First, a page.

FIGS. 9 and 13 show the operation of the faucet diverter valve 20 in which handle 26 is in a first position and in which untreated water W from the faucet F flows through the spray outlet 32. The path of the water is indicated in FIG. 9 by flow arrow 152. In this position, the handle is rotated such that valve spool is moved axially toward manifold end 5 with spacer 126 in contact with end 52. Valve spool opening 110 is aligned with manifold opening 140 such that water flows from the faucet through inlet collar 46 into the interior of the valve spool body portion 100. Water continues to flow through valve spool opening 104, through manifold opening 138, around baffle ring 69, and out spray outlet 32. Manifold opening 136 is encircled and sealed off by O-ring 108. Water is prevented from flowing to openings 132 and 134 by O-ring 116. Water is prevented from flowing through openings 130 and 134 by O-ring 124.
FIGS. 11 and 14 show the operation of the faucet diverter valve 20 in which handle 26 is in a second position and in which untreated water W' from the faucet F flows through the straight stream outlet 30. The path of the water is indicated in FIG. 11 by flow arrow 154. In this position, the handle and spool driver 76 have been rotated ninety degrees with respect to the position shown in FIGS. 9 and 13. Thus, the spacer 126 of the valve spool has withdrawn from the manifold end 52 by a distance equal to the spacing between the manifold openings 136 and 138. Due to the elongation of valve spool opening 110, opening 110 remains aligned with manifold opening 140 such that water flows from the faucet through inlet collar 46, opening 140, and opening 110 into the interior of the valve spool body portion 100. Water continues to flow through valve spool opening 102, through manifold opening 136, screen 70, and straight stream outlet 30. Manifold opening 138 is now encircled and sealed off by O-ring 108. Manifold openings 130, 132 and 134 continue to be sealed off from the flow of water by O-rings 124 and 116.
FIGS. 12 and 15 show the operation of the faucet diverter valve 20 in which handle 26 is in a third position in which water is diverted through a treatment loop. Water from the faucet F flows out of exit 36 through tubing T to the treatment device T'. Water returns through the tubing into entrance 38 and is delivered as a stream of treated water W" through outlet 34. The path of the water is indicated in FIG. 12 by flow arrows 156 and 158. In this position, the handle and spool driver 76 have rotated an additional ninety degrees with respect to the position shown in FIGS. 11 and 14. Thus, the valve spool 74 is withdrawn from the manifold end 52 a additional distance sufficient to place O-ring 124 and 116 on the opposite side of manifold openings 134 and 140 respectively. Water flows from the faucet through inlet collar 46 and manifold opening 140 into the interior portion of the manifold partially occupied by shaft 118. Water continues to flow through manifold opening 132 to the untreated water exit 36 (FIG. 3) and through the tubing to the treatment device. Treated water returns through the tubing to treated water entrance 38 (FIG. 3) and reenters the manifold through opening 130. The water exits the manifold through opening 134, screen 37, and treated stream outlet 34. O-ring 116 prevents untreated water from passing through openings 136 and 138. O-ring 124 at all times prevents untreated water from intermingling with treated water.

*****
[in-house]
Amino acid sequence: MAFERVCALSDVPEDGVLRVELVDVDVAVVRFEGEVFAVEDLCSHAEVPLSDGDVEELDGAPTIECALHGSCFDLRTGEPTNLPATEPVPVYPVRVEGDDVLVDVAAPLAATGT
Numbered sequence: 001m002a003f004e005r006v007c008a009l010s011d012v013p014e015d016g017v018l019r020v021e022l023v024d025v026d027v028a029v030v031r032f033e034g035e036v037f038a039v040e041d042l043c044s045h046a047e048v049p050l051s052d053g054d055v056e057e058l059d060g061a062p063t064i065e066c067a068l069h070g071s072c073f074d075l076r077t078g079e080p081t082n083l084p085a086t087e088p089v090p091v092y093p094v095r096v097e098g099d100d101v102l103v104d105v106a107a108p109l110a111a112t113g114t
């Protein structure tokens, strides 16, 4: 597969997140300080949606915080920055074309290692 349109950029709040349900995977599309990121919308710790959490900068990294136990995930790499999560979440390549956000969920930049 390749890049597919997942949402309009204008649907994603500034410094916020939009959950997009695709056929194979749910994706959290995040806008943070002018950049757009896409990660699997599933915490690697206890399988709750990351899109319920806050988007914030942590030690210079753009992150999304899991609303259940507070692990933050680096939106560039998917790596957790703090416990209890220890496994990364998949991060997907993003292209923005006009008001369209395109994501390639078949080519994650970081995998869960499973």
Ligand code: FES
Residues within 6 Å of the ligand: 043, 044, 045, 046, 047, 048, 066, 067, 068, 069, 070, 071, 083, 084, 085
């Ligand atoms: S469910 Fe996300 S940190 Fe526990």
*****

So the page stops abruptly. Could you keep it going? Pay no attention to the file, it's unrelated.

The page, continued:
The major components of the faucet diverter valve, such as the manifold, spool, spool driver, handle, and shrouds, are preferably made of molded plastic material.
Thus, the invention provides an effective and easily operated device for delivering a stream or spray of untreated water from a faucet, and for diverting water from a faucet to a treatment device and returning the water to the faucet.
The above description is that of a preferred embodiment of the invention. Various alterations and changes can be made without departing from the spirit and broader aspects of the invention as set forth in the appended claims, which are to be interpreted in accordance with the principles of patent law, including the Doctrine of Equivalents.
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|U.S. Classification||137/625.29, 137/801, 210/433.1|
|International Classification||E03C1/02, E03B9/02, E03C1/10|
|Cooperative Classification||Y10T137/9464, Y10T137/86726, E03C1/023, E03C2201/30|
|Nov 16, 1992||AS||Assignment|
Owner name: AMWAY CORPORATION, MICHIGAN
Free format text: ASSIGNMENT OF ASSIGNORS INTEREST.;ASSIGNOR:PIPPEL, BRADLEY J.;REEL/FRAME:006307/0816
Effective date: 19921102
|Jun 14, 1994||CC||Certificate of correction|
|Jul 17, 1997||FPAY||Fee payment|
Year of fee payment: 4
|Jul 17, 2001||FPAY||Fee payment|
Year of fee payment: 8
|Jun 5, 2002||AS||Assignment|
Owner name: ACCESS BUSINESS GROUP INTERNATIONAL LLC, MICHIGAN
Free format text: CHANGE OF NAME;ASSIGNOR:AMWAY CORPORATION N/K/A ALTICOR INC.;REEL/FRAME:012958/0620
Effective date: 20020510
|Jun 30, 2005||FPAY||Fee payment|
Year of fee payment: 12